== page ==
Astronomy Picture of the Day

Discover the cosmos! Each day a different image or photograph of our fascinating universe is featured, along with a brief explanation written by a professional astronomer.

April 1, 1997
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Hale-Bopp and Andromeda
Credit and Copyright:
A. Dimai, R. Volcan, A. Zardini (Col Druscie Obs., ACC)

Explanation: Which is closer: the comet or the galaxy? Answer: the comet. In its trek through the inner Solar System, Comet Hale-Bopp has passed nearly in front of the Andromeda Galaxy (M31), seen on the lower left. At the time of this picture, March 27th, Comet Hale-Bopp was about 10 light-minutes from the Earth, while M31 remained about 3 million light-years distant. By contrast, light can cross the Earth in about 1/20th of a second, and light takes about one second to reach Earth's Moon. Comet Hale-Bopp is one of the largest comets ever recorded, and although its' nucleus has never been photographed, it is estimated from brightness and spin measurements to be about 40 kilometers across. In contrast, Comet Halley in 1987 was measured to be 15 km, and Comet Hyakutake in 1996 was estimated to be no more than 10 km.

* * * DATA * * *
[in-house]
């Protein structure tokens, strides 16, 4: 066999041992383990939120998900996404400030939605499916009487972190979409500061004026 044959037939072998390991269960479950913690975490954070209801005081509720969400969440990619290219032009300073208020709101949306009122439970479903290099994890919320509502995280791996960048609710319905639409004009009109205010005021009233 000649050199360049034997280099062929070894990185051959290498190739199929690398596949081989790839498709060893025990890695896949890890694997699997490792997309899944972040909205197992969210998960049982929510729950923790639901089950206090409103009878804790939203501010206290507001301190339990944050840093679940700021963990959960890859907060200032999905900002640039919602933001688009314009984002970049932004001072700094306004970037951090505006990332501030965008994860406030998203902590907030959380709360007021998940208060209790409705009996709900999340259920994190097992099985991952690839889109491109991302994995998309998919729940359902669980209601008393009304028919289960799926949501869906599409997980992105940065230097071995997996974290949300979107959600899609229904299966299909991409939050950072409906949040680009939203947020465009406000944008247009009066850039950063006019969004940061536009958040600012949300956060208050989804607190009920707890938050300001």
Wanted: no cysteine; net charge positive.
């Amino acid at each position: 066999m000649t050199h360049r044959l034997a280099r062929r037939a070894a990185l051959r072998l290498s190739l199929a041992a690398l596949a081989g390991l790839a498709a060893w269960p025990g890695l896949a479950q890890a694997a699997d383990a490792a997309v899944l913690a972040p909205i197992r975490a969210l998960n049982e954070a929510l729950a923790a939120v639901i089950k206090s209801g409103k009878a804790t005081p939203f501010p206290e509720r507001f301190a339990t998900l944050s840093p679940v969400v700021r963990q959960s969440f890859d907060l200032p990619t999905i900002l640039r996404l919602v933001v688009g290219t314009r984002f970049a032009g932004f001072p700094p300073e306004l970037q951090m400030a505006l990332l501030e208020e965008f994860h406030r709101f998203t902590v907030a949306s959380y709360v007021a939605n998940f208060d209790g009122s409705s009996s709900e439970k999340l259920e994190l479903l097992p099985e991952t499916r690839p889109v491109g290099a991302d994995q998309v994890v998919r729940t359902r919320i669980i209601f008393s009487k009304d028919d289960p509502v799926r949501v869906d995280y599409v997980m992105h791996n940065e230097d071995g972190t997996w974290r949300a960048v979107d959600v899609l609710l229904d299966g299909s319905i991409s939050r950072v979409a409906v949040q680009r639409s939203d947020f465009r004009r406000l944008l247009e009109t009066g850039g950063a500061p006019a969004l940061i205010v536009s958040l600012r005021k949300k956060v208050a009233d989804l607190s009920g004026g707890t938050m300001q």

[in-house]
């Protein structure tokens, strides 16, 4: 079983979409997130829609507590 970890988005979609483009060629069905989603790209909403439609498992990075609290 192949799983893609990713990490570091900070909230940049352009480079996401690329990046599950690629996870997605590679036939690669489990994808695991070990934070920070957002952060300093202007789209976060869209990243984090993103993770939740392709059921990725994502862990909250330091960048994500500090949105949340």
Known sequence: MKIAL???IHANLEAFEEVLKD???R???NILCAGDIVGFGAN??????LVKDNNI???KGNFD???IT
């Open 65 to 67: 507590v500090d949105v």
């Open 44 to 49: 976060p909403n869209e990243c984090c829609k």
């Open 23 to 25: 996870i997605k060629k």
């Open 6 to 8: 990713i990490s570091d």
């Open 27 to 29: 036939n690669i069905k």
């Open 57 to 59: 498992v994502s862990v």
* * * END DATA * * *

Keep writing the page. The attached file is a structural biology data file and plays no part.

Tomorrow's picture: A Complete Aurora

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Authors & editors: Robert Nemiroff (MTU) & Jerry Bonnell (USRA)
NASA Technical Rep.: Jay Norris. Specific rights apply.
A service of: LHEA at NASA/ GSFC
&: Michigan Tech. U.